Celebrating Hands-On Learning Through Community Service

When seventh-grade students in Ms. Feiler’s United States History 1865-Present class at George Washington Middle School started the school year, they knew they’d be learning a lot about the past. What they didn’t know is that they would be learning about civil rights from a long-time city resident who attended the segregated Parker-Gray School in Alexandria as a child; about the Berlin Wall from a veteran who served during the Cold War; about the Vietnam War from a former GW teacher; or about racism and discrimination in the south during the late 1900s from someone who lived through it.

These stories were captured as part of a student-driven service learning project where the class collected oral histories from individuals who experienced first-hand some of our country’s most historic periods and events based on units they were studying as part of the curriculum.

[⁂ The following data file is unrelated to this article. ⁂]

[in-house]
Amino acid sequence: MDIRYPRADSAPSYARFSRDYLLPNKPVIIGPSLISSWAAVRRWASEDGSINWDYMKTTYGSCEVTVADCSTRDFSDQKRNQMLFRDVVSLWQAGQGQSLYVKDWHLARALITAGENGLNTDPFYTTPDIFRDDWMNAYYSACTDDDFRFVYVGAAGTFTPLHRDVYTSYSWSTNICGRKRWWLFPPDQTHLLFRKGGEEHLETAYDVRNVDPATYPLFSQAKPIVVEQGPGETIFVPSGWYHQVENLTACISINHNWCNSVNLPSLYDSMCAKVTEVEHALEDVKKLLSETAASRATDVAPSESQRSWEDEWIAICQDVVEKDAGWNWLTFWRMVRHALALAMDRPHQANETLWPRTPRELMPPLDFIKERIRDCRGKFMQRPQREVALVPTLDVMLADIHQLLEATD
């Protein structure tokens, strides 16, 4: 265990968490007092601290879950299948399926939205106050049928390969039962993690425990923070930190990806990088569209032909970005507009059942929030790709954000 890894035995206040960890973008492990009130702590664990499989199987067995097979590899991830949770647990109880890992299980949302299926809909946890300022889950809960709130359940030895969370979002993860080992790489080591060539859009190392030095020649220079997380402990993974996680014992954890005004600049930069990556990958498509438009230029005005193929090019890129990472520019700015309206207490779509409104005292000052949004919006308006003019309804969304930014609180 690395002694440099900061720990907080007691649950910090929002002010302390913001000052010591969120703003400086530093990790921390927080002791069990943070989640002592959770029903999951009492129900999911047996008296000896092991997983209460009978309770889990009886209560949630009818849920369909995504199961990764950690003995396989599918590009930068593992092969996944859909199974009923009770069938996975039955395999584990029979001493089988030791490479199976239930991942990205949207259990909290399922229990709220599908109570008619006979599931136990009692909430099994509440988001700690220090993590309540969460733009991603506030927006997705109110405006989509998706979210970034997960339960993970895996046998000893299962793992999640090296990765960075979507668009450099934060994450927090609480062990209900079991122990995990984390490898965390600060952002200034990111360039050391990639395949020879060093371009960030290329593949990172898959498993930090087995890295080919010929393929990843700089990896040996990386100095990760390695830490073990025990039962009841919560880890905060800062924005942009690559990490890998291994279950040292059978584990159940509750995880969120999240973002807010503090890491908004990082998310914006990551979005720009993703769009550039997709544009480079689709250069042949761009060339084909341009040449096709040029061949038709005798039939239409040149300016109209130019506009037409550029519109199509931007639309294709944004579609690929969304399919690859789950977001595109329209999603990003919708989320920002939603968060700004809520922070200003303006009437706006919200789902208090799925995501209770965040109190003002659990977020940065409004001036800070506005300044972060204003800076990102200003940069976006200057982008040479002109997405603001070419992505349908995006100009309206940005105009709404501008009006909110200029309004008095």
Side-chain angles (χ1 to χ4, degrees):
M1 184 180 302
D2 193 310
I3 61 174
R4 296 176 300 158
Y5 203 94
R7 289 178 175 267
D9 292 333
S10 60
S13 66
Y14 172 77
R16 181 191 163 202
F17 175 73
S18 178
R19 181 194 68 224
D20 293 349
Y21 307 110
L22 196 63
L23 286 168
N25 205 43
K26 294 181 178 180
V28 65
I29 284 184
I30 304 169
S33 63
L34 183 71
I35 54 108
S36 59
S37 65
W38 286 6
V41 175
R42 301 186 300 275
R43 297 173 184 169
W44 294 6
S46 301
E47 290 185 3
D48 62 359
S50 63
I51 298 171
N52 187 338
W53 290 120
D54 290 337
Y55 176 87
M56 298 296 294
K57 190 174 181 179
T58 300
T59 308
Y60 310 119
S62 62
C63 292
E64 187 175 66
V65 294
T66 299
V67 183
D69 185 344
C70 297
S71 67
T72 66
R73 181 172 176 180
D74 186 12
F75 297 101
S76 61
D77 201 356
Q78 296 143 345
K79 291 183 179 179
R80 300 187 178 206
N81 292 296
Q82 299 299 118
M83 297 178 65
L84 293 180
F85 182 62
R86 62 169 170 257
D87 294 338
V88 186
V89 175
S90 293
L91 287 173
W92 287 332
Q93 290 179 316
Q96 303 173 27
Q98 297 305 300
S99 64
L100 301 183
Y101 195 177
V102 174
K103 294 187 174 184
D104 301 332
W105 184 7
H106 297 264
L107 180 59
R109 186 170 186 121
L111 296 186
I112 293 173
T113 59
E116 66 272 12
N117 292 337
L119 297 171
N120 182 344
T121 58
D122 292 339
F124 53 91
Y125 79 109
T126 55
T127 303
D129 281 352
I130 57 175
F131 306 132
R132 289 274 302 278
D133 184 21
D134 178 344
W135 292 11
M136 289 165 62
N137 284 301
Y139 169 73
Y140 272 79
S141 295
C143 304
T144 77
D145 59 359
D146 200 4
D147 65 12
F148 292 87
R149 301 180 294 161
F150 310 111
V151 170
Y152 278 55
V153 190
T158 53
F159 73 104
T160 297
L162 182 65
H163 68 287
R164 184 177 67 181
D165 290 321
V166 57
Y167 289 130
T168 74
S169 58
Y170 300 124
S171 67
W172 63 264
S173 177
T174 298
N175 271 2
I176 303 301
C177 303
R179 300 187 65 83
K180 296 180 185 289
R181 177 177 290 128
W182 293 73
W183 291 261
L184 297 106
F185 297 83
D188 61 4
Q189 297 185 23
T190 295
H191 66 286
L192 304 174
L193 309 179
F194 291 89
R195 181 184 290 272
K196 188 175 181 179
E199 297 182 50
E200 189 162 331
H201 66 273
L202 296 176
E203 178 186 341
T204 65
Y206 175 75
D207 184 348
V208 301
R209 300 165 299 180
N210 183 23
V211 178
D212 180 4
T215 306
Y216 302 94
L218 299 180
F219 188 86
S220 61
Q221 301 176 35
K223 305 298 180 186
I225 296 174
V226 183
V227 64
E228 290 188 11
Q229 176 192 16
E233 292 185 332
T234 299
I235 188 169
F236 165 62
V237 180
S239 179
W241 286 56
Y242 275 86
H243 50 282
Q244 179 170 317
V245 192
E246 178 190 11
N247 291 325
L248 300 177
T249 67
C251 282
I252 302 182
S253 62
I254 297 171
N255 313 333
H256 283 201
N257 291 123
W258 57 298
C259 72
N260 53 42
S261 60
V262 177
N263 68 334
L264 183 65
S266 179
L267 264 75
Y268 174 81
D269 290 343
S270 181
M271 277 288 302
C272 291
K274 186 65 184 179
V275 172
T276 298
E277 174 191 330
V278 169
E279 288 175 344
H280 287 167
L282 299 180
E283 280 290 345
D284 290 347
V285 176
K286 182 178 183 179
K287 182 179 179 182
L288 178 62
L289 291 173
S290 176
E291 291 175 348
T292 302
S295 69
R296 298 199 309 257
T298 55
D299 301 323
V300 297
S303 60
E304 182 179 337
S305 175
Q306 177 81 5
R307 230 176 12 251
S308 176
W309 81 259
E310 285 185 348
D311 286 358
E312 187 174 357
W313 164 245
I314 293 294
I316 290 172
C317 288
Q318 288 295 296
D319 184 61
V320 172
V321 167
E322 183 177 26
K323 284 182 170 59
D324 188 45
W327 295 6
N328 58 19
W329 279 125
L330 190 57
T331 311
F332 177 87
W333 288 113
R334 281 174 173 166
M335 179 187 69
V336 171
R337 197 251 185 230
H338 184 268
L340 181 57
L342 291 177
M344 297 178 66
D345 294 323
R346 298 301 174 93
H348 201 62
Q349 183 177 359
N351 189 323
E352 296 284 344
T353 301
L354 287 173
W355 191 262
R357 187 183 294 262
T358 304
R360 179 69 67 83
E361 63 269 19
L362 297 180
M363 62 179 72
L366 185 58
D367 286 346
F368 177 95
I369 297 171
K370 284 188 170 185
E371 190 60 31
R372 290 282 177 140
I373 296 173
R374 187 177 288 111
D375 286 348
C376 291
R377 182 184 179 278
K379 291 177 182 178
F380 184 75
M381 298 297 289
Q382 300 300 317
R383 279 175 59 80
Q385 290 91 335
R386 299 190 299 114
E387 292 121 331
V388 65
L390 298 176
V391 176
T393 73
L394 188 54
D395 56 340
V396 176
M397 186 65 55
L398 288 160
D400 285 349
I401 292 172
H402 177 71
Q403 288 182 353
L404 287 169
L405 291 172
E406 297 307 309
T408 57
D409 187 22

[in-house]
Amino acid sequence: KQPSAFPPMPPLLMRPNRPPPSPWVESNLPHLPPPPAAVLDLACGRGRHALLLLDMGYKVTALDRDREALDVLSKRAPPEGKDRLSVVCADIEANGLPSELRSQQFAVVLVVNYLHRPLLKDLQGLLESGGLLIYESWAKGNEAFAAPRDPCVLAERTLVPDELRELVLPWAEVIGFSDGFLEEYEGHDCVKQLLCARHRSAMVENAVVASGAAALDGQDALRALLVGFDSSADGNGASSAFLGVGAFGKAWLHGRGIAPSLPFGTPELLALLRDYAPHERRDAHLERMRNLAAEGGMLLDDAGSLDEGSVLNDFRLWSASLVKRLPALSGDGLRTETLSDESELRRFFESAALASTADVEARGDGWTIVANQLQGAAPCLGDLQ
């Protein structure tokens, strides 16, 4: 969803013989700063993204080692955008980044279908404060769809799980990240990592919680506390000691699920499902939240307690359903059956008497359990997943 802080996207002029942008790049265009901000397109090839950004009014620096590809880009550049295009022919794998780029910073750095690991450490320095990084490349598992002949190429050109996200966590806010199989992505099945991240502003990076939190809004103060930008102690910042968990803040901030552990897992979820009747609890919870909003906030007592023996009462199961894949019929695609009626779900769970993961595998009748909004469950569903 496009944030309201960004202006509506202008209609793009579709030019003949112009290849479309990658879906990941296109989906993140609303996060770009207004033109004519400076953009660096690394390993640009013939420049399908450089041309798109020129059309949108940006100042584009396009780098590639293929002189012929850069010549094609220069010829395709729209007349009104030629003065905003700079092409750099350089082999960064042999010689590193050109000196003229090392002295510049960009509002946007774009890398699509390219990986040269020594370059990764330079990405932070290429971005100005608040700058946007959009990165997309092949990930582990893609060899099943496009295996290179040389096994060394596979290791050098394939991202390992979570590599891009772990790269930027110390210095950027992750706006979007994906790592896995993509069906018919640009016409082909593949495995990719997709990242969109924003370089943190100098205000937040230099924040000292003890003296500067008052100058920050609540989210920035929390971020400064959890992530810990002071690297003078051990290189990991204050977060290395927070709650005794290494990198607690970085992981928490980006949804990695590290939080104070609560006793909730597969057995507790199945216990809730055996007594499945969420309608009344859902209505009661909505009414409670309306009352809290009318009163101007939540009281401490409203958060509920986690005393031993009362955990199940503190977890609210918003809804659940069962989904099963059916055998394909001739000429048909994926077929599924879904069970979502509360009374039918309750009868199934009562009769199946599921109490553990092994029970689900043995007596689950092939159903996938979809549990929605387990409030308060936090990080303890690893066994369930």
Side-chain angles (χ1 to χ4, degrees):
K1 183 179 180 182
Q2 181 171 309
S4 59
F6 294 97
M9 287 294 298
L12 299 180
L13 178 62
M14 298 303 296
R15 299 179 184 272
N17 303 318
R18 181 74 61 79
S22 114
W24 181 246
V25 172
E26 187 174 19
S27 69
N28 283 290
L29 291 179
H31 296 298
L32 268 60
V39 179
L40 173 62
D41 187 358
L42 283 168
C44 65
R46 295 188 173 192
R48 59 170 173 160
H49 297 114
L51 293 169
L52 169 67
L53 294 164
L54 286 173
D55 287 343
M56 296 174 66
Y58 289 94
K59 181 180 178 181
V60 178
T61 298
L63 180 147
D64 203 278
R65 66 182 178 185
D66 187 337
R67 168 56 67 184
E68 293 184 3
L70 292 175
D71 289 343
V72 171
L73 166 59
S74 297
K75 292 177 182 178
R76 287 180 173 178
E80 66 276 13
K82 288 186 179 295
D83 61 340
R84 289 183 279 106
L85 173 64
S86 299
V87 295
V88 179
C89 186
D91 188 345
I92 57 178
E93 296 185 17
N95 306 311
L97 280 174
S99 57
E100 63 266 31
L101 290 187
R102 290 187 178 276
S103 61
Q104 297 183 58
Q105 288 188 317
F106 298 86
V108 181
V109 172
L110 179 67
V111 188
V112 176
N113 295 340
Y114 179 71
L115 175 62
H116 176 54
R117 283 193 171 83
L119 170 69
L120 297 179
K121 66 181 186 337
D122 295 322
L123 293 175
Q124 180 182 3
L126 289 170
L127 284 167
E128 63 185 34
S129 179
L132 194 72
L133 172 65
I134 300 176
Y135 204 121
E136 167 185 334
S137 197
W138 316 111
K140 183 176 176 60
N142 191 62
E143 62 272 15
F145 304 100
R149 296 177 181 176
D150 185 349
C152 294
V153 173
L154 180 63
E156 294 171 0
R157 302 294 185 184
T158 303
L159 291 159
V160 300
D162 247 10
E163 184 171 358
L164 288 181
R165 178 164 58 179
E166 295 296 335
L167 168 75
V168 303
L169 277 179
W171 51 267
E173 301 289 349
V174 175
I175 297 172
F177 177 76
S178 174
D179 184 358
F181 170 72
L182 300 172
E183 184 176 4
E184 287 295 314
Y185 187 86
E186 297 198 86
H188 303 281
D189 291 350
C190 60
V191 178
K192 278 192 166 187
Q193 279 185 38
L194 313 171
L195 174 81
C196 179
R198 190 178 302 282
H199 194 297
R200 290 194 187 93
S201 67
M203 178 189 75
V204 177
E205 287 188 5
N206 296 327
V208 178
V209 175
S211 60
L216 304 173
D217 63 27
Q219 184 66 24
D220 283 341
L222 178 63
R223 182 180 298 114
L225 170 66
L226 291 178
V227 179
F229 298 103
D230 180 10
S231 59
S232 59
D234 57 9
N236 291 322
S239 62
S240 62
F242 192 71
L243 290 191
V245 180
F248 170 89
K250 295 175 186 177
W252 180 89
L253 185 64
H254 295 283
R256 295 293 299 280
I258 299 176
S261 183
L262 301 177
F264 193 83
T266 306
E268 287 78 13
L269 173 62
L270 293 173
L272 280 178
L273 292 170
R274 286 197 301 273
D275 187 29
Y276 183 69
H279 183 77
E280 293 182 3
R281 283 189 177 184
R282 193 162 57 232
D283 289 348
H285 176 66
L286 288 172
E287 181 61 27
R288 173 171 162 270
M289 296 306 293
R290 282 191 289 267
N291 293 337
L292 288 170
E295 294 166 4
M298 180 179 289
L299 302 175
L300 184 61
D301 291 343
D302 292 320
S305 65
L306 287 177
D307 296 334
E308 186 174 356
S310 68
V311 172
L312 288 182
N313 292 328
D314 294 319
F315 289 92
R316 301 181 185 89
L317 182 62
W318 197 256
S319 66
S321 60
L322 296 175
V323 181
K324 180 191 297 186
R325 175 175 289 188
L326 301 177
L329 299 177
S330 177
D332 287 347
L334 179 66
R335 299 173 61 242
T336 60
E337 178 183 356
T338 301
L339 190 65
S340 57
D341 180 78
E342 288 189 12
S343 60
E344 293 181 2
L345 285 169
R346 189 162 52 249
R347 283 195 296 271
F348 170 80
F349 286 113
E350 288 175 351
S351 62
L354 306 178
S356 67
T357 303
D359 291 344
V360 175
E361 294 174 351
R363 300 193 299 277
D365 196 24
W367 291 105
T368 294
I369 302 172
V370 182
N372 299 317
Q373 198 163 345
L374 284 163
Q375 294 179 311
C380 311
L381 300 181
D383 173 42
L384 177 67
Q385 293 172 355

We did this project to learn about what happened in the past before we were born. We learned that a lot of people were not treated right. A lot of the interviews left me shocked because I didn’t know about all these things. I also learned how to use advanced technology, like Weebly, to create a website,” said Lilian Aguilar Castro.

Their oral histories are just one of the 16 projects being features at the ACPS Service Learning Showcase on Wednesday, June 6, from 5 to 6:30 p.m. in the George Washington Middle School Library.

Throughout the school year, students at Francis C. Hammond and George Washington middle schools, along with students from both T.C. Williams High School campuses have engaged in service-learning projects as an integral part of their studies. Students used their academic skills to identify and address problems in their schools, their communities and the world.